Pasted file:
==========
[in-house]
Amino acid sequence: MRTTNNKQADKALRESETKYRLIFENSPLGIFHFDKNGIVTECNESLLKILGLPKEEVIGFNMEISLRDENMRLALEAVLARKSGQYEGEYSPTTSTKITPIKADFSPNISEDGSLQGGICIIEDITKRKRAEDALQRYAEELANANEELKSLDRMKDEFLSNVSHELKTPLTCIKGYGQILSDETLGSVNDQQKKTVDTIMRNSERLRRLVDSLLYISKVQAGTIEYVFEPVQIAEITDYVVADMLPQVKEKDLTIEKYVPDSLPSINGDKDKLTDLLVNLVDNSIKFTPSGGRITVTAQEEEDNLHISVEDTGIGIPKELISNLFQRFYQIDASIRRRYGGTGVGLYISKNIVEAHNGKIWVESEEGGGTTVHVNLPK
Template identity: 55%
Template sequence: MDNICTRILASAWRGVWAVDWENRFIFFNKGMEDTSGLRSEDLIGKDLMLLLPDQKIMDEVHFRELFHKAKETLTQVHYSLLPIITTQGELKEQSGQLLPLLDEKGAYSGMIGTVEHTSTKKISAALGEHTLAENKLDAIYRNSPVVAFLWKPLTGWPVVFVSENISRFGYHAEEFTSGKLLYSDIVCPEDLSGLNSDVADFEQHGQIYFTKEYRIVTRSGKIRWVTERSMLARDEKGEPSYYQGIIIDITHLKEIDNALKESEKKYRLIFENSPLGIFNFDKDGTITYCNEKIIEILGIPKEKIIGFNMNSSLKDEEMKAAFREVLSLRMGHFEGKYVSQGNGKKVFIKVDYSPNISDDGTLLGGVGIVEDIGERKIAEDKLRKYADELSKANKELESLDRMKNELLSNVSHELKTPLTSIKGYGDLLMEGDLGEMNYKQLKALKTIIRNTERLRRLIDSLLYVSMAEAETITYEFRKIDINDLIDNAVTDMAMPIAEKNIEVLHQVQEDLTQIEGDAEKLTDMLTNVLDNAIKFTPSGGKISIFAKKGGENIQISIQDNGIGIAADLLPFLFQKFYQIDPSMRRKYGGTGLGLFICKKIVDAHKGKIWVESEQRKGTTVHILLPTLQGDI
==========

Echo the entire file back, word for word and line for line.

[in-house]
Amino acid sequence: MRTTNNKQADKALRESETKYRLIFENSPLGIFHFDKNGIVTECNESLLKILGLPKEEVIGFNMEISLRDENMRLALEAVLARKSGQYEGEYSPTTSTKITPIKADFSPNISEDGSLQGGICIIEDITKRKRAEDALQRYAEELANANEELKSLDRMKDEFLSNVSHELKTPLTCIKGYGQILSDETLGSVNDQQKKTVDTIMRNSERLRRLVDSLLYISKVQAGTIEYVFEPVQIAEITDYVVADMLPQVKEKDLTIEKYVPDSLPSINGDKDKLTDLLVNLVDNSIKFTPSGGRITVTAQEEEDNLHISVEDTGIGIPKELISNLFQRFYQIDASIRRRYGGTGVGLYISKNIVEAHNGKIWVESEEGGGTTVHVNLPK
Template identity: 55%
Template sequence: MDNICTRILASAWRGVWAVDWENRFIFFNKGMEDTSGLRSEDLIGKDLMLLLPDQKIMDEVHFRELFHKAKETLTQVHYSLLPIITTQGELKEQSGQLLPLLDEKGAYSGMIGTVEHTSTKKISAALGEHTLAENKLDAIYRNSPVVAFLWKPLTGWPVVFVSENISRFGYHAEEFTSGKLLYSDIVCPEDLSGLNSDVADFEQHGQIYFTKEYRIVTRSGKIRWVTERSMLARDEKGEPSYYQGIIIDITHLKEIDNALKESEKKYRLIFENSPLGIFNFDKDGTITYCNEKIIEILGIPKEKIIGFNMNSSLKDEEMKAAFREVLSLRMGHFEGKYVSQGNGKKVFIKVDYSPNISDDGTLLGGVGIVEDIGERKIAEDKLRKYADELSKANKELESLDRMKNELLSNVSHELKTPLTSIKGYGDLLMEGDLGEMNYKQLKALKTIIRNTERLRRLIDSLLYVSMAEAETITYEFRKIDINDLIDNAVTDMAMPIAEKNIEVLHQVQEDLTQIEGDAEKLTDMLTNVLDNAIKFTPSGGKISIFAKKGGENIQISIQDNGIGIAADLLPFLFQKFYQIDPSMRRKYGGTGLGLFICKKIVDAHKGKIWVESEQRKGTTVHILLPTLQGDI